When the salicylic acid and acetic anhydride were mixed, a white, powdery solution formed. When the sulfuric acid was added, a clear solution formed that produced heat. After heating, then cooling and scratching the solution, a white precipitate formed. The moisture in the precipitate was filtered overnight and what was left over was the desired product, aspirin.
The boiling chips (calcium carbonate) were white, opaque crystals. The acetic anhydride was a clear solution with a vinegar-like odour. The salicylic acid was a find, white solid powder. The ethanol was a clear solution with an odour similar to strong alcohol. The sulfuric acid was a clear solution with a strong odour when heated. The aspirin (acetylsalicylic acid) was a white, solid powder.
When the acetic anhydride and salicylic acid were mixed, they produced a white, powdery solution. When the sulfuric acid was added to this solution, it turned clear and was warm. Upon heating the solution and adding water, puffs of smoke were produced. When the solution cooled and the “scratching” method was used, a white precipitate formed.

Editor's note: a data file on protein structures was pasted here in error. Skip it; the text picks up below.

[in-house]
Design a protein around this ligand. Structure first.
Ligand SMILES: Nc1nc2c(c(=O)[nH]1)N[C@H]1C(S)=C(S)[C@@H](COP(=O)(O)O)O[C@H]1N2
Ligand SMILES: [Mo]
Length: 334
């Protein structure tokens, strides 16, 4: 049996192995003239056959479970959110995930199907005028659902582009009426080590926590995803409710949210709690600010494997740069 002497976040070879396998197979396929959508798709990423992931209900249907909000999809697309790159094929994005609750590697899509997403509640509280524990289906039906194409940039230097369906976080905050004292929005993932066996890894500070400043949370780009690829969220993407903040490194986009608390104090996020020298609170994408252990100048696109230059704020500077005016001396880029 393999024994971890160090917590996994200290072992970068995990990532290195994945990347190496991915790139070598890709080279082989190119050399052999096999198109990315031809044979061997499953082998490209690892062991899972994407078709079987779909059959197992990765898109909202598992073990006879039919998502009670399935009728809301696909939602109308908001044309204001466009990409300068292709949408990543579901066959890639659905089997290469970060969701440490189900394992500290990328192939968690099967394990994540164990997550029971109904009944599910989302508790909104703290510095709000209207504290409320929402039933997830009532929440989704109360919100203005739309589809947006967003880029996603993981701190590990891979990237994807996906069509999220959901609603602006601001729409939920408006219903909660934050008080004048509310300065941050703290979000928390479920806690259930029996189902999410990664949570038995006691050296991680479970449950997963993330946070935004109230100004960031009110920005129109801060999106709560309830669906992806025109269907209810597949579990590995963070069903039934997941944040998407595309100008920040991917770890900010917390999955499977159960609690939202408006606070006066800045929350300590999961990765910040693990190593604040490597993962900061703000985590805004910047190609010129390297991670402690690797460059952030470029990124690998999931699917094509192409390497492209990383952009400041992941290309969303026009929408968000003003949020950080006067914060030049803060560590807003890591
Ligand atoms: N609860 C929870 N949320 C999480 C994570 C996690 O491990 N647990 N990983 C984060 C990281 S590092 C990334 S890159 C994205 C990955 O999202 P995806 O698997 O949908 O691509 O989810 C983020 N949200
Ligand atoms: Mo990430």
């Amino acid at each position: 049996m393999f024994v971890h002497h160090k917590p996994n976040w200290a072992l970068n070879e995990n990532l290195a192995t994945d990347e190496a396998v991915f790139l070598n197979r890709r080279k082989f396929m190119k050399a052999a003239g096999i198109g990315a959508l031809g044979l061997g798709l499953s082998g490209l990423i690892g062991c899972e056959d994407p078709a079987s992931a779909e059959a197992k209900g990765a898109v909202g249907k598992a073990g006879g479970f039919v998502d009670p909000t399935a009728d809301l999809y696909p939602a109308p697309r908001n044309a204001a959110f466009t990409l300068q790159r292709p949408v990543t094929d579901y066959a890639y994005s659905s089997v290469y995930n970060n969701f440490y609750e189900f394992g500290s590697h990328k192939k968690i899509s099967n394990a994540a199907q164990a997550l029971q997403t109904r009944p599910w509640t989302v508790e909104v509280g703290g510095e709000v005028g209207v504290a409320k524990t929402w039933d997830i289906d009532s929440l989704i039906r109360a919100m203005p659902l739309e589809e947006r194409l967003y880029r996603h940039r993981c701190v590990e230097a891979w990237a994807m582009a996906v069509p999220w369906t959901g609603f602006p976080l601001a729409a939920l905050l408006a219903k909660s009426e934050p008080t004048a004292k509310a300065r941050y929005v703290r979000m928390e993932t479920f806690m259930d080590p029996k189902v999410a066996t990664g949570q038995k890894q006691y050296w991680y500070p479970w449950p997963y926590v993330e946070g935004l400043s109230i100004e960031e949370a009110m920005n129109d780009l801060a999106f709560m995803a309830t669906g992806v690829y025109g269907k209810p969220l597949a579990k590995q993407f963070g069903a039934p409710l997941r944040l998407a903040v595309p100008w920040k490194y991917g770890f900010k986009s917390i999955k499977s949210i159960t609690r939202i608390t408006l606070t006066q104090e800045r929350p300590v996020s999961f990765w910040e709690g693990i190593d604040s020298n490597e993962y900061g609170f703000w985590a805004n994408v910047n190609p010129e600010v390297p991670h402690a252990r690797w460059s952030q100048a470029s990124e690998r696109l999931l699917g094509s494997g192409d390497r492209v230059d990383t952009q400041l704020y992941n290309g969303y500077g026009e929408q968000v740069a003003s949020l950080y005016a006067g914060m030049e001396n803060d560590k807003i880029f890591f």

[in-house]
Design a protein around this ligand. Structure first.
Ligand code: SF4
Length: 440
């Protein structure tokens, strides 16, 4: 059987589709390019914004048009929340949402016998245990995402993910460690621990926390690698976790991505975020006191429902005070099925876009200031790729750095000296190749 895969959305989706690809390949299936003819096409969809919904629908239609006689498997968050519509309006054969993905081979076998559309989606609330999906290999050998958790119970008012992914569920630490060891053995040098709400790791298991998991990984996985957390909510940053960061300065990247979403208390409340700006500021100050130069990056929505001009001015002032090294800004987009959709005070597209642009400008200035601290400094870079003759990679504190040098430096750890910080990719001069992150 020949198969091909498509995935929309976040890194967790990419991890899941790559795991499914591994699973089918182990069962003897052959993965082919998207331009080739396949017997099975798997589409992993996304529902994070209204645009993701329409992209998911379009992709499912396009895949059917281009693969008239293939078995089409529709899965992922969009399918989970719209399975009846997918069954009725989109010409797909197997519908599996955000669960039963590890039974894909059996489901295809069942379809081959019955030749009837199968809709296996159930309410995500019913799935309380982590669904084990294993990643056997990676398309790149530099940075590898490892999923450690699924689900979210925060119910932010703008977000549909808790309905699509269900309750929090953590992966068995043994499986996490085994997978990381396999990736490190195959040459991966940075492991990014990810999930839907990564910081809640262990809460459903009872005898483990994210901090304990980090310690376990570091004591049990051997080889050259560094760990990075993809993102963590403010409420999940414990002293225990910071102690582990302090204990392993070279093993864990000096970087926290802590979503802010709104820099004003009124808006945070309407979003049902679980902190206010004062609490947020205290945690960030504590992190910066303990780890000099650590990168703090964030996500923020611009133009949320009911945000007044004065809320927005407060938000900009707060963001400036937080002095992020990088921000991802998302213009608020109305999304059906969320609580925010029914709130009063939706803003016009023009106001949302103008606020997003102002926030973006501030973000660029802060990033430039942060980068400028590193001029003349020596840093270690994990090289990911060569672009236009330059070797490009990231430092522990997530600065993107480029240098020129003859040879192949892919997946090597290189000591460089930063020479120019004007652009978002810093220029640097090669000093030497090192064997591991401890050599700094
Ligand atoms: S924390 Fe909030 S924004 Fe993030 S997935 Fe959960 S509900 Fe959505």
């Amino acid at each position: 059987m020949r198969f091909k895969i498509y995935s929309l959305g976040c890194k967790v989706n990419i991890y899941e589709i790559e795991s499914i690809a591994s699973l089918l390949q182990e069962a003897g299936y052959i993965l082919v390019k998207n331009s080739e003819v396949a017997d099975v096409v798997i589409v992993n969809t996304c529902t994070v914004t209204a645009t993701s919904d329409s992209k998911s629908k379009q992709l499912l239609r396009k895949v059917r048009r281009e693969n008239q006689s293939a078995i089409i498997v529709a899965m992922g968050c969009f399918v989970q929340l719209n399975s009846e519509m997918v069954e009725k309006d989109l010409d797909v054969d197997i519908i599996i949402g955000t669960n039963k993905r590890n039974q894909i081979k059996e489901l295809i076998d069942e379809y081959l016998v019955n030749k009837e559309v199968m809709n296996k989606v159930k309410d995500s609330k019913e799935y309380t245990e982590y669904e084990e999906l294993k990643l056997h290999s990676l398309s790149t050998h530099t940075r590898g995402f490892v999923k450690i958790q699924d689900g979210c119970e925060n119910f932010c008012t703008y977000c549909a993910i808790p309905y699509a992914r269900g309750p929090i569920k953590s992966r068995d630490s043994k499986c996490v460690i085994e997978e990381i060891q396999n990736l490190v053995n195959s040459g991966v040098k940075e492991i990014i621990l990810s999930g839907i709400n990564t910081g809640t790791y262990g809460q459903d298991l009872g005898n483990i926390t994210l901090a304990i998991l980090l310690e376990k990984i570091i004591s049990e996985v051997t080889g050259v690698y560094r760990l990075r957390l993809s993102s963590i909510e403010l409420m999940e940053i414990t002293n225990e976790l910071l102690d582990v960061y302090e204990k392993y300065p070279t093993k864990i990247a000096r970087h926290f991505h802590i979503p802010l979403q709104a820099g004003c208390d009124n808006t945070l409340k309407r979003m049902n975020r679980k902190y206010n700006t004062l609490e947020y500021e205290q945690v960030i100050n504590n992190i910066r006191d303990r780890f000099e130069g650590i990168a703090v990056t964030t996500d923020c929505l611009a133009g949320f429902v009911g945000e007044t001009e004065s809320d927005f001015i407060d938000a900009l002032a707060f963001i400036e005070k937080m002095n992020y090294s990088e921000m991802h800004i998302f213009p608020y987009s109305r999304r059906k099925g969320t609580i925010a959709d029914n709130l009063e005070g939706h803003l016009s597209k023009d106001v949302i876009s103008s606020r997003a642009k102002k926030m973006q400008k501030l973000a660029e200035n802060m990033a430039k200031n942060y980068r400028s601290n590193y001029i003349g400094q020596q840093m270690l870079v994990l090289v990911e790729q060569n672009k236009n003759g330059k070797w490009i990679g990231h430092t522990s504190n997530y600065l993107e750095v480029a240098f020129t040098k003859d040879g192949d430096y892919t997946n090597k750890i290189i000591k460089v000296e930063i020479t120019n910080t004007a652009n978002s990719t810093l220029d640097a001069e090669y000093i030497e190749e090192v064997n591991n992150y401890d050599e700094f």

Density (Table #1)
Volume (Table #2)
Molar weight (Table #3)
Substance/ Molar weight
Percent Yield (Table #5)
Determine whether the limiting reactant is the salicylic acid or the acetic anhydride. First, convert both masses to moles. 1 mole is equal to the molar mass of a substance; therefore, the grams of acetic anhydride and grams of salicylic acid must be divided by their molar masses respectively.